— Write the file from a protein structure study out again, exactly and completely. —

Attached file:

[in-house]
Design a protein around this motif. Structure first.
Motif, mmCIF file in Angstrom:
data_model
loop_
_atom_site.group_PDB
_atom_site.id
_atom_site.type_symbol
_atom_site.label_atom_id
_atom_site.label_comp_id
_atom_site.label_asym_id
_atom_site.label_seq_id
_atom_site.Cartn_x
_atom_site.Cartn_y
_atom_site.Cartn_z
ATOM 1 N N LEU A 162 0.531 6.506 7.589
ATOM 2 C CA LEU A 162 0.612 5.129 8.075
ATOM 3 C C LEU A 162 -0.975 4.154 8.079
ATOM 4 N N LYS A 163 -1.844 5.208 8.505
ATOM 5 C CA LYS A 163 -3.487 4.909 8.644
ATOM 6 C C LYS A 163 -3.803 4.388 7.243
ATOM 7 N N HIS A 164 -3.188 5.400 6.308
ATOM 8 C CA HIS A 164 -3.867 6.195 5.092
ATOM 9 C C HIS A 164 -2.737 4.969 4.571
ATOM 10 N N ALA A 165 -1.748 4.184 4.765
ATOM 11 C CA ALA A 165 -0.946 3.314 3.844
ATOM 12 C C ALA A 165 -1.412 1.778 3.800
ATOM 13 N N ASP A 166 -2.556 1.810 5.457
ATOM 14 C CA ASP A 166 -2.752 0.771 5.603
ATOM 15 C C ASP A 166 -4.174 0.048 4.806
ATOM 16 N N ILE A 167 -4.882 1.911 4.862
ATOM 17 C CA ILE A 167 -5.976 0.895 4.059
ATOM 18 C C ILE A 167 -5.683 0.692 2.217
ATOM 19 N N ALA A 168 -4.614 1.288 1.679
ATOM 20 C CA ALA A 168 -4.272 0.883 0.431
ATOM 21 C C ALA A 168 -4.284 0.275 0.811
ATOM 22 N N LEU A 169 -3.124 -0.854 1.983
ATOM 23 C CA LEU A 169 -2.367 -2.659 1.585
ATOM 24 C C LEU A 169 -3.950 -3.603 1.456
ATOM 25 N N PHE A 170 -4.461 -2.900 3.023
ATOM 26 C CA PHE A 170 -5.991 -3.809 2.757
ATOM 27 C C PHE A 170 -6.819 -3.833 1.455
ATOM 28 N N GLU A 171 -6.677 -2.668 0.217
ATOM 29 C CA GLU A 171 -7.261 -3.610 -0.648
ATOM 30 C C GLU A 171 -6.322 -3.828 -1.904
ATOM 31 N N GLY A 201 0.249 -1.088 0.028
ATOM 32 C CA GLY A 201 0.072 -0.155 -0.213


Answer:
[in-house]
Design a protein around this motif. Structure first.
Motif, mmCIF file in Angstrom:
data_model
loop_
_atom_site.group_PDB
_atom_site.id
_atom_site.type_symbol
_atom_site.label_atom_id
_atom_site.label_comp_id
_atom_site.label_asym_id
_atom_site.label_seq_id
_atom_site.Cartn_x
_atom_site.Cartn_y
_atom_site.Cartn_z
ATOM 1 N N LEU A 162 0.531 6.506 7.589
ATOM 2 C CA LEU A 162 0.612 5.129 8.075
ATOM 3 C C LEU A 162 -0.975 4.154 8.079
ATOM 4 N N LYS A 163 -1.844 5.208 8.505
ATOM 5 C CA LYS A 163 -3.487 4.909 8.644
ATOM 6 C C LYS A 163 -3.803 4.388 7.243
ATOM 7 N N HIS A 164 -3.188 5.400 6.308
ATOM 8 C CA HIS A 164 -3.867 6.195 5.092
ATOM 9 C C HIS A 164 -2.737 4.969 4.571
ATOM 10 N N ALA A 165 -1.748 4.184 4.765
ATOM 11 C CA ALA A 165 -0.946 3.314 3.844
ATOM 12 C C ALA A 165 -1.412 1.778 3.800
ATOM 13 N N ASP A 166 -2.556 1.810 5.457
ATOM 14 C CA ASP A 166 -2.752 0.771 5.603
ATOM 15 C C ASP A 166 -4.174 0.048 4.806
ATOM 16 N N ILE A 167 -4.882 1.911 4.862
ATOM 17 C CA ILE A 167 -5.976 0.895 4.059
ATOM 18 C C ILE A 167 -5.683 0.692 2.217
ATOM 19 N N ALA A 168 -4.614 1.288 1.679
ATOM 20 C CA ALA A 168 -4.272 0.883 0.431
ATOM 21 C C ALA A 168 -4.284 0.275 0.811
ATOM 22 N N LEU A 169 -3.124 -0.854 1.983
ATOM 23 C CA LEU A 169 -2.367 -2.659 1.585
ATOM 24 C C LEU A 169 -3.950 -3.603 1.456
ATOM 25 N N PHE A 170 -4.461 -2.900 3.023
ATOM 26 C CA PHE A 170 -5.991 -3.809 2.757
ATOM 27 C C PHE A 170 -6.819 -3.833 1.455
ATOM 28 N N GLU A 171 -6.677 -2.668 0.217
ATOM 29 C CA GLU A 171 -7.261 -3.610 -0.648
ATOM 30 C C GLU A 171 -6.322 -3.828 -1.904
ATOM 31 N N GLY A 201 0.249 -1.088 0.028
ATOM 32 C CA GLY A 201 0.072 -0.155 -0.213